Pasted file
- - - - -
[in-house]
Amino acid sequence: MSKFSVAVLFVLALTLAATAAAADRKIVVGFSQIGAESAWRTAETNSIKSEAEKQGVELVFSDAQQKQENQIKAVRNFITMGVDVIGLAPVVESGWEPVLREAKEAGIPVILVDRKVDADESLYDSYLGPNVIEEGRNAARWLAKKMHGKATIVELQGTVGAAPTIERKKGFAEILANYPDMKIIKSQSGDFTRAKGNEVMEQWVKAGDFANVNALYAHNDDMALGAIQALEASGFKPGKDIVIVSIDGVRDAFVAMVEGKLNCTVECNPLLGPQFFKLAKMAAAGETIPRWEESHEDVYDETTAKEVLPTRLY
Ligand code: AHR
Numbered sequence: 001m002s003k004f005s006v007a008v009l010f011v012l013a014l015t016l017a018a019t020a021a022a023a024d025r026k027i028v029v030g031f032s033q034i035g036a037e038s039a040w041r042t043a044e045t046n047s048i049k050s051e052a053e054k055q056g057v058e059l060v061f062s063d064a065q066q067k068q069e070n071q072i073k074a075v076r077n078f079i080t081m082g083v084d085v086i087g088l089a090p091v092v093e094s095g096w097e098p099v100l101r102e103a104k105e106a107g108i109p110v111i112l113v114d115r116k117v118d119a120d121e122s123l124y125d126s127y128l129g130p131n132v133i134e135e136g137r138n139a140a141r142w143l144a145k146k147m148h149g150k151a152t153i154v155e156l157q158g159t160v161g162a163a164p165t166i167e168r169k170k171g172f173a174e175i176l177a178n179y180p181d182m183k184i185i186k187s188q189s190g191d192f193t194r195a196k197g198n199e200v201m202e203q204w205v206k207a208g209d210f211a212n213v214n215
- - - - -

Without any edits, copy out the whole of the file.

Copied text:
[in-house]
Amino acid sequence: MSKFSVAVLFVLALTLAATAAAADRKIVVGFSQIGAESAWRTAETNSIKSEAEKQGVELVFSDAQQKQENQIKAVRNFITMGVDVIGLAPVVESGWEPVLREAKEAGIPVILVDRKVDADESLYDSYLGPNVIEEGRNAARWLAKKMHGKATIVELQGTVGAAPTIERKKGFAEILANYPDMKIIKSQSGDFTRAKGNEVMEQWVKAGDFANVNALYAHNDDMALGAIQALEASGFKPGKDIVIVSIDGVRDAFVAMVEGKLNCTVECNPLLGPQFFKLAKMAAAGETIPRWEESHEDVYDETTAKEVLPTRLY
Ligand code: AHR
Numbered sequence: 001m002s003k004f005s006v007a008v009l010f011v012l013a014l015t016l017a018a019t020a021a022a023a024d025r026k027i028v029v030g031f032s033q034i035g036a037e038s039a040w041r042t043a044e045t046n047s048i049k050s051e052a053e054k055q056g057v058e059l060v061f062s063d064a065q066q067k068q069e070n071q072i073k074a075v076r077n078f079i080t081m082g083v084d085v086i087g088l089a090p091v092v093e094s095g096w097e098p099v100l101r102e103a104k105e106a107g108i109p110v111i112l113v114d115r116k117v118d119a120d121e122s123l124y125d126s127y128l129g130p131n132v133i134e135e136g137r138n139a140a141r142w143l144a145k146k147m148h149g150k151a152t153i154v155e156l157q158g159t160v161g162a163a164p165t166i167e168r169k170k171g172f173a174e175i176l177a178n179y180p181d182m183k184i185i186k187s188q189s190g191d192f193t194r195a196k197g198n199e200v201m202e203q204w205v206k207a208g209d210f211a212n213v214n215